* Instructional supplies, including textbooks, made up over $11 billion. (Expenditures for computers and desks are not considered current expenditures, but are otherwise part of replacement equipment in table 7.) Expenditures for purchased services were over $7 billion. These expenditures include the costs for contract teachers (who are not on the school district's payroll), educational television, computer-assisted instruction, and rental of equipment for instruction.

* Tuition expenditures for sending students to out-of-state schools and nonpublic schools within the state totaled over $3 billion.

Total Expenditures

* Total expenditures made by school districts came to approximately $455 billion in the 2002-03 school year table 7). About $388 billion of total expenditures were current expenditures for public elementary and secondary education. Of the total expenditures made by school districts, a little less than $43 billion were spent on facilities acquisition and construction, about $6 billion were spent on replacement equipment, and a little over $11 billion were spent on interest payments on debt. The remaining amount ($7 billion) was spent on other programs, such as community services and adult education, which are not part of public elementary and secondary education.


Cohen, C., and Johnson, F. (2004). Revenues and Expenditures for Public Elementary and Secondary Education: School Year 2001-02 (NCES 2004-341). U.S. Department of Education. Washington, DC: National Center for Education Statistics.


(1) Comparisons are based on the previous edition of this report, Revenues and Expenditures for Public Elementary and Secondary Education: School Year 2001-02 (Cohen and Johnson 2004).

(2) Both the District of Columbia and Hawaii have only one school district each. Therefore, neither is comparable to other states. Hawaii funds public education primarily through state taxes. Local revenues in Hawaii consist almost entirely of student fees and charges for services, such as food services, summer school, and student activities.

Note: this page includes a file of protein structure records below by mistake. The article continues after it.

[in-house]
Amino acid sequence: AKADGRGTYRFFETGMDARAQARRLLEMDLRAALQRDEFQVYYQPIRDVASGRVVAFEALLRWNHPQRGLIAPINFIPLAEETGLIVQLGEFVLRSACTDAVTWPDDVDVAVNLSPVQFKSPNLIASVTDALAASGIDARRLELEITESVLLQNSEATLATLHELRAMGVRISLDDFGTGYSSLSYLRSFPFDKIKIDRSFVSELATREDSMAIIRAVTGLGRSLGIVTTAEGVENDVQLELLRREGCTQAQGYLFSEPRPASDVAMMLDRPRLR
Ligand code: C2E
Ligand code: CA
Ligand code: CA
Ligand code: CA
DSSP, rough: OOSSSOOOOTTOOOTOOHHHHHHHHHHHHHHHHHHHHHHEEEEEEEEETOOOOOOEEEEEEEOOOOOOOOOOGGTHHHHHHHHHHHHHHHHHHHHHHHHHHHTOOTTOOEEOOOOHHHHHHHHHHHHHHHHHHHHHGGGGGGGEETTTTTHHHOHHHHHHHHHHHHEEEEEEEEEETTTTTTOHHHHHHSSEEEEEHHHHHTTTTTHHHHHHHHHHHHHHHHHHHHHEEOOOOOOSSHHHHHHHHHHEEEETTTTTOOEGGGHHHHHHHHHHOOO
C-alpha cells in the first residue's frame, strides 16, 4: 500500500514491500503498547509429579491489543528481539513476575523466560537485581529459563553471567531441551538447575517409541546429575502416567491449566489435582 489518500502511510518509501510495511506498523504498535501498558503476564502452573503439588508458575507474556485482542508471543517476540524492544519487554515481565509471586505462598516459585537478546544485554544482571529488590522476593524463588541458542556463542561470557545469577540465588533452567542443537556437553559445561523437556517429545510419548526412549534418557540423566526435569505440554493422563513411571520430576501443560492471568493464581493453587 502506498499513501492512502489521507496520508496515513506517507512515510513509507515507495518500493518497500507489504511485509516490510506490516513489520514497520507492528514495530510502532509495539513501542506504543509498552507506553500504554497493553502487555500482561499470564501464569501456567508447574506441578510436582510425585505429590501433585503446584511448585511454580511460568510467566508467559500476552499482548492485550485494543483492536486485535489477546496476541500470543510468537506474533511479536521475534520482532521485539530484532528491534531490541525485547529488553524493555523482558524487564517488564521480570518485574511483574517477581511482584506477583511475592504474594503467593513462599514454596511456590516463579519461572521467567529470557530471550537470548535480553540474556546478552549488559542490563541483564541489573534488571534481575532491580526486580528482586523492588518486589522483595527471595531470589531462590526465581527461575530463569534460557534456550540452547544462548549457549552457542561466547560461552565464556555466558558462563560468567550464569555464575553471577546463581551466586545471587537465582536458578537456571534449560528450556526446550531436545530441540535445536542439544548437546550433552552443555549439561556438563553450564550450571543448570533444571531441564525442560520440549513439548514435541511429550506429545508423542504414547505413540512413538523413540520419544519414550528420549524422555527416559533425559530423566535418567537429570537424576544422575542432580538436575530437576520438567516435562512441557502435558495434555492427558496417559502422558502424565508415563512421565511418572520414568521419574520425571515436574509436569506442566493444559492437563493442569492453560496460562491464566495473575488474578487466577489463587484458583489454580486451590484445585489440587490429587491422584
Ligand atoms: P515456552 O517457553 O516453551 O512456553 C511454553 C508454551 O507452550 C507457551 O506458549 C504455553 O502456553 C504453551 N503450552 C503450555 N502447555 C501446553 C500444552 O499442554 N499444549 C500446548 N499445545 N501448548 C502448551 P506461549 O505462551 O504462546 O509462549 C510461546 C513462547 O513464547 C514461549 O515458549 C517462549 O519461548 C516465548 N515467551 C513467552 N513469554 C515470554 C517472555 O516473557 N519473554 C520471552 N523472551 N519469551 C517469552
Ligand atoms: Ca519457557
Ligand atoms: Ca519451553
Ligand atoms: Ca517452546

Data source: The NCES Common Core of Data (CCD), "National Public Education Financial Survey" (NPEFS), 2002-03.

For technical information, see the complete report:

Hill, J., and Johnson, F. (2005). Revenues and Expenditures for Public Elementary and Secondary Education: School Year 2002-03 (NCES 2005-353).

Author affiliations: J. Hill, Education Statistics Services Institute; F. Johnson, NCES.

For questions about content, contact Frank Johnson (

To obtain the complete report (NCES 2005-353), visit the NCES Electronic Catalog (
No portion of this article can be reproduced without the express written permission from the copyright holder.
Copyright 2006 Gale, Cengage Learning. All rights reserved.

Article Details
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Title Annotation:Elementary and Secondary Education
Author:Hill, Jason; Johnson, Frank
Publication:Education Statistics Quarterly
Article Type:Survey
Date:Feb 1, 2006
Previous Article:Revenues and expenditures by public school districts: school year 2001-02.
Next Article:School library media centers: selected results from the education longitudinal study of 2002 (ELS:2002).